But there is only ONE Guernica by Picasso. There is only ONE set of Seagram’s Murals by Mark Rothko. There is only ONE Garden of Earthly Delights by Hieronymous Bosch.

And it’s entirely possible I have reached my limit of “art first’s” on this particular journey to Europe.

In fact, the day after I visited the Tate Modern, I tried to go to the Saatchi Gallery – which would have taken me from a view of Modern Art in Britain to a view of what is happening in Contemporary Art.

Outside view of the Saatchi Gallery - King's Road - London

Outside view of the Saatchi Gallery – King’s Road – London

And perhaps this is a larger comment on all of my art experiences and ponderings over the last several posts… the Saatchi Gallery, a private art institution, was closed to the public on the one day I had to see it because they were hosting runway shows for London’s Fashion Week.

Yes, the best known contemporary art space in London was closed to host the fashion elite. So I was a poor pauper left gawking at the entrance, but turned away at the door.

Pondering Museum Visits – and Guernica

In a previous posting, I mentioned how moved I was by the tremendous trove of art at the Prado in Madrid. And indeed, the Prado is a location of global art treasure, just like the Metropolitan in NYC, The National Gallery in the UK, and the Hermitage in Russia, among other seriously notable museums.

However, as a tourist with limited time to see museums it’s important to spend time wisely when choosing which museums to visit when you land in your destination of choice.

And it’s not just about time, either. It’s about the human eye and brain getting overloaded with images. I’ve visited enough museums to recognize there is such a thing as over-stimulation and museum fatigue. After about 2-3 hours, I usually need a break, or possibly need to stop wandering through galleries to “process and absorb” the things I’ve seen.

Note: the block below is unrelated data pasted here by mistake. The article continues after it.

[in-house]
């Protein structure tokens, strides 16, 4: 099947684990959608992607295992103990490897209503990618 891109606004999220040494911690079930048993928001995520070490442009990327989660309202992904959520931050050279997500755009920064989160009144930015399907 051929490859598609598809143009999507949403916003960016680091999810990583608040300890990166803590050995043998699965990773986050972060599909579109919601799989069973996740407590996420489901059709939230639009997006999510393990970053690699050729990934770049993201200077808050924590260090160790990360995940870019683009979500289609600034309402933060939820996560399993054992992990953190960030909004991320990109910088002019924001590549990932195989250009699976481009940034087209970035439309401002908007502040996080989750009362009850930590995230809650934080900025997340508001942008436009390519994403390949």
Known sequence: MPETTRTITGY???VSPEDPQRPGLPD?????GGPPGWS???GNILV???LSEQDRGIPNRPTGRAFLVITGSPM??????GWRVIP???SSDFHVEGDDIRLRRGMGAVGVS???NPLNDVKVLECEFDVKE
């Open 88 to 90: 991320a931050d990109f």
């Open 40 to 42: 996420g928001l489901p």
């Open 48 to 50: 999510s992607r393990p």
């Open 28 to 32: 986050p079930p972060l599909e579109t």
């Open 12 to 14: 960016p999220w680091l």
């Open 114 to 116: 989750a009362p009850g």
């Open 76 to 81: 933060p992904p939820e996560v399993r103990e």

With this in mind, I want to mention the Museo Reina Sofia in Madrid, which houses Guernica.

Guernica is housed deep within this relatively small museum of contemporary art, in a bunker-like gallery designed to display only this towering painting. And although the room is reasonably large, it still somehow isn’t large enough to contain the painting. I can’t describe it adequately, and unfortunately in keeping with the museum’s policy, photography is not allowed in this particular gallery.

And once you’ve seen Guernica, for your $8 euro ticket price, you can essentially leave the museum. I know I’m being harsh in my commentary, and it’s not that I don’t like seeing cubist paintings by Picasso and Braque, or seeing the many Miro on display in Spanish museums, but I must call the Museo Reina Sofia out on this – there is NOTHING in that museum that can come close to the experience of seeing Guernica. There is not even one other piece on display that had an impact that could even touch what it’s like to see Guernica in person. (